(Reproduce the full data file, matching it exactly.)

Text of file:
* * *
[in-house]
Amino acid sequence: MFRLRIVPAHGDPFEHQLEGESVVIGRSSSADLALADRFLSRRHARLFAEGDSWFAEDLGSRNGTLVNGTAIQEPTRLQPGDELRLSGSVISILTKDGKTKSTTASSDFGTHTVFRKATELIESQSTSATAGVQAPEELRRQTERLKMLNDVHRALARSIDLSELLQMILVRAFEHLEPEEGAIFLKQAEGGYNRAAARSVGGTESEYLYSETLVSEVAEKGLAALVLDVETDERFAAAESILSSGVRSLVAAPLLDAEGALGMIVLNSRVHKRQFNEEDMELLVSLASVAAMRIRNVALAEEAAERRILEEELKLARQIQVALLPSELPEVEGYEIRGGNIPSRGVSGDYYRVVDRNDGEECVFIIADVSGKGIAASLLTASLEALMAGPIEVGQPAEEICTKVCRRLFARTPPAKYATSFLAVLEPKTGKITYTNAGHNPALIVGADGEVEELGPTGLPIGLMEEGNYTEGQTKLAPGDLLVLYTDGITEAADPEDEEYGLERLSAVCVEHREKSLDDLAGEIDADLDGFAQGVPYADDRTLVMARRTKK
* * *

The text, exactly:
[in-house]
Amino acid sequence: MFRLRIVPAHGDPFEHQLEGESVVIGRSSSADLALADRFLSRRHARLFAEGDSWFAEDLGSRNGTLVNGTAIQEPTRLQPGDELRLSGSVISILTKDGKTKSTTASSDFGTHTVFRKATELIESQSTSATAGVQAPEELRRQTERLKMLNDVHRALARSIDLSELLQMILVRAFEHLEPEEGAIFLKQAEGGYNRAAARSVGGTESEYLYSETLVSEVAEKGLAALVLDVETDERFAAAESILSSGVRSLVAAPLLDAEGALGMIVLNSRVHKRQFNEEDMELLVSLASVAAMRIRNVALAEEAAERRILEEELKLARQIQVALLPSELPEVEGYEIRGGNIPSRGVSGDYYRVVDRNDGEECVFIIADVSGKGIAASLLTASLEALMAGPIEVGQPAEEICTKVCRRLFARTPPAKYATSFLAVLEPKTGKITYTNAGHNPALIVGADGEVEELGPTGLPIGLMEEGNYTEGQTKLAPGDLLVLYTDGITEAADPEDEEYGLERLSAVCVEHREKSLDDLAGEIDADLDGFAQGVPYADDRTLVMARRTKK